05282017Headline:

Fairfax, Leesburg & Loudoun, Virginia

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Doug Landau
Doug Landau
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Submitting Job Applications Online Not Adequate Marketing

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Many potential employers now require the submission of resumes and job applications online or by fax before committing to an interview of a prospective hire. However, the Virginia Workers Compensation Commission has just ruled that computer job hunting may be insufficient to satisfy the requirement that a partially disabled worker make a "reasonable effort " to market their "residual physical capacity."

In Ruffin v. Dover Corp., (VLW 010-12-03, 11/29/2010), the Full Commission agreed with the Deputy Commissioner who heard the claim that the insurance company could terminate the injured worker’s weekly wage loss benefits. What is particularly disturbing about this appellate decision is the fact that the disabled employee:

  • Registered with the Virginia Employment Commission ("VEC") and used its online services,
  • She took a class at Hopewell library in computers,
  • She used a recommended website called "SnagAJob" to look for hourly positions,
  • She visited stores in her geographical area but was told to apply online.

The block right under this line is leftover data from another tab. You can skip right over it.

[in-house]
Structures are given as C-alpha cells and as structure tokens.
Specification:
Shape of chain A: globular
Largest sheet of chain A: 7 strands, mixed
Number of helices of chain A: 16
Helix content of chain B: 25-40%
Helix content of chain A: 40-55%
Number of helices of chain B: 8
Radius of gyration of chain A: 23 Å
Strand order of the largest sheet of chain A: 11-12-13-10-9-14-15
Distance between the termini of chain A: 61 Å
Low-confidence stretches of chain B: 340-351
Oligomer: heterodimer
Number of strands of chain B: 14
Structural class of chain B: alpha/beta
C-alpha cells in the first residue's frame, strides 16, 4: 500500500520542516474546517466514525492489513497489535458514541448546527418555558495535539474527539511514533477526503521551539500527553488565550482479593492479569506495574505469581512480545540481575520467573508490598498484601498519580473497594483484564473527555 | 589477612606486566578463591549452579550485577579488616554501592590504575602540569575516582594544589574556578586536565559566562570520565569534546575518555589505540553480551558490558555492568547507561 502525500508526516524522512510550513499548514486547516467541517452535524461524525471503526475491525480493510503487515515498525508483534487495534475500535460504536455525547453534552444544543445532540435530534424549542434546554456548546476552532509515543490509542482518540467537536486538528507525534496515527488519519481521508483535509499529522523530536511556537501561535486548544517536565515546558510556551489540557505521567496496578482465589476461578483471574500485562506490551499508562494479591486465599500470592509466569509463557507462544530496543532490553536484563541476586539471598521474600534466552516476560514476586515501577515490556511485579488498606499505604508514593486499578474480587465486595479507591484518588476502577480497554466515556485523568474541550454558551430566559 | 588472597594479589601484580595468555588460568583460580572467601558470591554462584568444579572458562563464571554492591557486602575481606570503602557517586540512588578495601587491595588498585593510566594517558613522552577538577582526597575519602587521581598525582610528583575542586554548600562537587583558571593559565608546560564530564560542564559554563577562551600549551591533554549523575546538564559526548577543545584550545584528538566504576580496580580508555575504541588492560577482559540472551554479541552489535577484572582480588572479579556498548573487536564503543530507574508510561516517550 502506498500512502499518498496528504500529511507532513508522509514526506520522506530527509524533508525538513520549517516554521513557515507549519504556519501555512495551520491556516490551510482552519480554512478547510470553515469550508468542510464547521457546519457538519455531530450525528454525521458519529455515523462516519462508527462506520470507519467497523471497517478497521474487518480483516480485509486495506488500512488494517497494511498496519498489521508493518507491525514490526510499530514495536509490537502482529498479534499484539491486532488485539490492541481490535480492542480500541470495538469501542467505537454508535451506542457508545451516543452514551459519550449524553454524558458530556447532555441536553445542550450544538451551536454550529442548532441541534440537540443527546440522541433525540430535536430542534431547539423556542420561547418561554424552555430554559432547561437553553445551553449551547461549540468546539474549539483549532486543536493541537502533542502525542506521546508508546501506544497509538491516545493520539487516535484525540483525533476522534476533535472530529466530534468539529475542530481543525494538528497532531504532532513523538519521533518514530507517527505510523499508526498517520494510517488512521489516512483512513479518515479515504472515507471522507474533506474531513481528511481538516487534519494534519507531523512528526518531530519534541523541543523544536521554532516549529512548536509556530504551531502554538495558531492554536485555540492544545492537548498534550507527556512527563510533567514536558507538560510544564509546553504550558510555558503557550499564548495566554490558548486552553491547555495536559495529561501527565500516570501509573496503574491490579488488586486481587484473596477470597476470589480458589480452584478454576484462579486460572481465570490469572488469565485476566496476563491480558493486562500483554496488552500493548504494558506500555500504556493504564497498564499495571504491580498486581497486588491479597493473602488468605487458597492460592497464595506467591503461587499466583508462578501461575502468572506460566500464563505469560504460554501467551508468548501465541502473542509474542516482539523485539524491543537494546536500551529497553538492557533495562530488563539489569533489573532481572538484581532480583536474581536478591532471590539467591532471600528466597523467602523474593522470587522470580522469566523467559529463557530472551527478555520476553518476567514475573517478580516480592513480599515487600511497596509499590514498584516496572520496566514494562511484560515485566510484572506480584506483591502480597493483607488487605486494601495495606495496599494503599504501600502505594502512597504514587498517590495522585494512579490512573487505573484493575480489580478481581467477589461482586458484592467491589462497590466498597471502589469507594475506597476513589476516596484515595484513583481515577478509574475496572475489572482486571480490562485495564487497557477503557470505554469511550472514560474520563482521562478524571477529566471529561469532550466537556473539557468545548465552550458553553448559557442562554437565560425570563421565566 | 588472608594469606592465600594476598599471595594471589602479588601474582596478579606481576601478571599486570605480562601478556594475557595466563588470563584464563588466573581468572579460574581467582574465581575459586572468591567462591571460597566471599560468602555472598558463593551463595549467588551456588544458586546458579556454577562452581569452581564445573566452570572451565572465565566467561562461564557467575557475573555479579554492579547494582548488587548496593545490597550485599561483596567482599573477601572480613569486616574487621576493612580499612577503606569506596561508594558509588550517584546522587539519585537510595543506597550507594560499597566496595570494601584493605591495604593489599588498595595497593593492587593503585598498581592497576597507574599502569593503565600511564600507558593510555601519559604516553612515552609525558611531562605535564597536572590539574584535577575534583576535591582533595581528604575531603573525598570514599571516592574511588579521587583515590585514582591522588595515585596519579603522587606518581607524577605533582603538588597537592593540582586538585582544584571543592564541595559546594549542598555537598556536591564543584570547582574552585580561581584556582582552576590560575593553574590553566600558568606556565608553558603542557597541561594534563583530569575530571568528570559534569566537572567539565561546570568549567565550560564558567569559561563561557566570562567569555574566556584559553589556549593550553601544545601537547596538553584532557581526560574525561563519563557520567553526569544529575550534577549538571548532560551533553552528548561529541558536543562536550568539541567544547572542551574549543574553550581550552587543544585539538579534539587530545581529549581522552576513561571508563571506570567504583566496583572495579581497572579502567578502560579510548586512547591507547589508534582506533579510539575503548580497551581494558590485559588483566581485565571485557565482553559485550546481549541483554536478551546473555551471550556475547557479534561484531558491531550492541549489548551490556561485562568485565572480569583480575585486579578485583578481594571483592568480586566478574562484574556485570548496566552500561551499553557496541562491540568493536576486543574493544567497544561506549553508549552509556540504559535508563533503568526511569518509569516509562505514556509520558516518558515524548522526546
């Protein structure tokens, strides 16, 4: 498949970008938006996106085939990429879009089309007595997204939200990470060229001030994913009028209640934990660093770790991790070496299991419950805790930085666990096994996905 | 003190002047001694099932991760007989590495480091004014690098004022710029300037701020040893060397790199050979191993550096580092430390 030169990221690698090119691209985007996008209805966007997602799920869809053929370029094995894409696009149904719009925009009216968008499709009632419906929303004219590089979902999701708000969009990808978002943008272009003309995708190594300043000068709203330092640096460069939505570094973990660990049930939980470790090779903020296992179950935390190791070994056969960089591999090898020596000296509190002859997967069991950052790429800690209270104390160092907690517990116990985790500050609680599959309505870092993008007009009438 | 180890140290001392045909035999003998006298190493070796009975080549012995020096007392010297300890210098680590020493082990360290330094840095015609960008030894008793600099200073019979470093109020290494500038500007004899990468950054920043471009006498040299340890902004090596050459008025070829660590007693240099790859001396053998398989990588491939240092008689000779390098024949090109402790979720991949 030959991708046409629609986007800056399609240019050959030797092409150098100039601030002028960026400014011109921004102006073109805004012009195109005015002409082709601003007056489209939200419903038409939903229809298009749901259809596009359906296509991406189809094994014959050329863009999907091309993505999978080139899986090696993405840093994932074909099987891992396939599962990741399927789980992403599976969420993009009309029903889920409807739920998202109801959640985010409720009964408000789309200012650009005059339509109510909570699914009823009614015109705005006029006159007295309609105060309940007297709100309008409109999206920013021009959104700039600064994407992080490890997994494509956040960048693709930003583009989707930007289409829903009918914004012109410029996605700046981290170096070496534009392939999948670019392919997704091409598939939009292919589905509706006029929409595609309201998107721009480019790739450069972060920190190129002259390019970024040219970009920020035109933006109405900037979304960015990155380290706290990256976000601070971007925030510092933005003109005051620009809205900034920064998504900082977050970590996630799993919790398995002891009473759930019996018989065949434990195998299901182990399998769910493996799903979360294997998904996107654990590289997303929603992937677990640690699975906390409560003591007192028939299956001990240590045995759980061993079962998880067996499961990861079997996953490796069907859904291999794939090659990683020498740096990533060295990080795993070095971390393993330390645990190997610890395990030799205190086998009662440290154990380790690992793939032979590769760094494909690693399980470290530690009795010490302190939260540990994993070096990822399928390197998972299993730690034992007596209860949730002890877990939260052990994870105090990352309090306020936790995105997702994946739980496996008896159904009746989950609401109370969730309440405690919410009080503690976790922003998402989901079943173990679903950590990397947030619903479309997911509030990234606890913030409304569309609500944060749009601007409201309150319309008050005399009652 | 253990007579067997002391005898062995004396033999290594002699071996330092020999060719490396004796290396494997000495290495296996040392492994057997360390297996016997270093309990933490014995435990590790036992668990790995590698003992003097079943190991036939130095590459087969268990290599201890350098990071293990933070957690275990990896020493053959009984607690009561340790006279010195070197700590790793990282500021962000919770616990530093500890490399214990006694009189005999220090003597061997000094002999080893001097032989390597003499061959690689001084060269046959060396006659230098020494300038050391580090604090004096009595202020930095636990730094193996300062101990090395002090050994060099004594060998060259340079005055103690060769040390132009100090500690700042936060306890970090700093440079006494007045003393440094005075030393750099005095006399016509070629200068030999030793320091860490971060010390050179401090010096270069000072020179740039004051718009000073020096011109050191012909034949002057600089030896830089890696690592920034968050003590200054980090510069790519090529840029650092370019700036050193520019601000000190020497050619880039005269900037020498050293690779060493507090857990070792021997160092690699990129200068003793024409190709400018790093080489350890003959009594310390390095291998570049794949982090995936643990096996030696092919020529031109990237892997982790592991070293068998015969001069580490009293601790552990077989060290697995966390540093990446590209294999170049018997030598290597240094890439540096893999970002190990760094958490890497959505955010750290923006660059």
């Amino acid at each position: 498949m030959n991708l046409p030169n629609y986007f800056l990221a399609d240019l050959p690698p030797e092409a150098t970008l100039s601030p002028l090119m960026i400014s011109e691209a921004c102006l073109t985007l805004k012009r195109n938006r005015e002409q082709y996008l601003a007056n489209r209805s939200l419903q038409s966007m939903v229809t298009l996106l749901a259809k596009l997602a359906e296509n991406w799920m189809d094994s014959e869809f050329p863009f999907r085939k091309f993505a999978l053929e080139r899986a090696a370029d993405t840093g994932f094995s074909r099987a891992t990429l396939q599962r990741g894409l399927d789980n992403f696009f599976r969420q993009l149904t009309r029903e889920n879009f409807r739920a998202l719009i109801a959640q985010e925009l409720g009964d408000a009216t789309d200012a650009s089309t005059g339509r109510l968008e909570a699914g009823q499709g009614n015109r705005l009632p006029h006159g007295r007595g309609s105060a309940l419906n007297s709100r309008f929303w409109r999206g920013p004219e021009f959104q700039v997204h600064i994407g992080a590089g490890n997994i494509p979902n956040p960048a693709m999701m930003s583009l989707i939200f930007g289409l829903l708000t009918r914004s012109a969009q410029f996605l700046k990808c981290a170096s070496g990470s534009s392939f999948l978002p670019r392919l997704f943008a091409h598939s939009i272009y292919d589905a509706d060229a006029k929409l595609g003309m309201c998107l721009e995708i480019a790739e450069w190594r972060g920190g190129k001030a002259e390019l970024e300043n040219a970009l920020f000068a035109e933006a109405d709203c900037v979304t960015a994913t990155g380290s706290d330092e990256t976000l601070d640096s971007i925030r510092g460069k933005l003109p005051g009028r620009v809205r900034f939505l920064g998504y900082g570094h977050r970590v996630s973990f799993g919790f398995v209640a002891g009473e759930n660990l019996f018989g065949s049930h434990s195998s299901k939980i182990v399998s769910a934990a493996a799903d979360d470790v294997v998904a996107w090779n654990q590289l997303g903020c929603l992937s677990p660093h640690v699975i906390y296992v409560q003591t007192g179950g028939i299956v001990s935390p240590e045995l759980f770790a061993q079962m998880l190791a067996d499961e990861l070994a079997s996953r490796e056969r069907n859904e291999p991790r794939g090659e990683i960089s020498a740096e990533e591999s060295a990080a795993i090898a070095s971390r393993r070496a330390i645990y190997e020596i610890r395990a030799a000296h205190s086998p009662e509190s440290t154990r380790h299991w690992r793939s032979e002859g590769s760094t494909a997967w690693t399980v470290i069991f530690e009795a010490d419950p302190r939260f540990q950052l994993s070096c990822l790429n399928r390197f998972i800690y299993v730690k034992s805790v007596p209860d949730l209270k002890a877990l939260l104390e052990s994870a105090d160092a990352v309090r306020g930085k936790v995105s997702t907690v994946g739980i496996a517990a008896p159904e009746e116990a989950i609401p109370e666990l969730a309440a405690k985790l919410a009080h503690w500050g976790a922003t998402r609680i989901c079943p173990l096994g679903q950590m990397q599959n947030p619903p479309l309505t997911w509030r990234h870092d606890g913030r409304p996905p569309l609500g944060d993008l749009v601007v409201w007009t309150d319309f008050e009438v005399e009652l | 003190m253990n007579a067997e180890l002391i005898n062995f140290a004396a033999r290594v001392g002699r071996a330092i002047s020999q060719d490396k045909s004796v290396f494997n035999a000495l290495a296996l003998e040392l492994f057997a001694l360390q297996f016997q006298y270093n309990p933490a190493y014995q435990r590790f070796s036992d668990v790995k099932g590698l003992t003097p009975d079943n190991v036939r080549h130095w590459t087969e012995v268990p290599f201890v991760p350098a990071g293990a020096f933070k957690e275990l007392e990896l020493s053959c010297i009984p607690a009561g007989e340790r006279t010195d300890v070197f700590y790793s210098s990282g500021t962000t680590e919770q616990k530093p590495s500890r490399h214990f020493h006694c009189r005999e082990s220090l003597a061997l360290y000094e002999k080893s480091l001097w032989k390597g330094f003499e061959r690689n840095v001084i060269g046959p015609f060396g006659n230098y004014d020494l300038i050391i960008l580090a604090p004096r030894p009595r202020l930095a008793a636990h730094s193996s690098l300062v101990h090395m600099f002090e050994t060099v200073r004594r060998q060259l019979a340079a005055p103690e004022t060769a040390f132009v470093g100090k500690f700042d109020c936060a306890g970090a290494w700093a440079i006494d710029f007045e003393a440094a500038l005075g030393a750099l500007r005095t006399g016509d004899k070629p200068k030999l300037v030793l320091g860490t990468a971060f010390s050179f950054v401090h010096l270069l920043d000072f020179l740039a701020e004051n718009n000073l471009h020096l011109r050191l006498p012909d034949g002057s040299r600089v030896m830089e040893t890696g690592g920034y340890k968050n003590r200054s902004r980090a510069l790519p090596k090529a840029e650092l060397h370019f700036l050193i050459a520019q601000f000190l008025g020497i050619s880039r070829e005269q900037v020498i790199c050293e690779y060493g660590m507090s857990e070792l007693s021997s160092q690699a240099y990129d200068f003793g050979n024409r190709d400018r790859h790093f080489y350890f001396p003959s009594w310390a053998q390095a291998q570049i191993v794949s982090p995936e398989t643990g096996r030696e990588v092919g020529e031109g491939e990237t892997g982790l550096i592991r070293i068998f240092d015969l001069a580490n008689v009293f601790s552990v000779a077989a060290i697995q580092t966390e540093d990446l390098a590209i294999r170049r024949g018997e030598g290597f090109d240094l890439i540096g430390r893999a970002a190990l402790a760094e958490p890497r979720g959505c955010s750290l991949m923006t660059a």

In a split decision, the Full Commission ruled that her efforts to find light duty work that she could perform was insufficient. While the Virginia Workers’ Compensation Commission has no set standard for what constitutes "reasonable marketing efforts," it was thought that at least 2 contacts per week, similar to what is required by the VEC, would be sufficient. In the Ruffin case, the claimant put on evidence of 97 job contact in 10 months. Online job searches may be the norm nowadays, but in light of the decision in this case in favor of the employer and its workers comp insurance company, an injured worker may want to make some in-person visits when seeking light duty work. An experienced workers compensation lawyer will be able to counsel you so as to avoid having your comp benefits cut off unnecessarily.

1 Comment

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  1. Mike Bryant says:
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    The decision seems to ignore the reality of the market today and the way access and contacts have changed.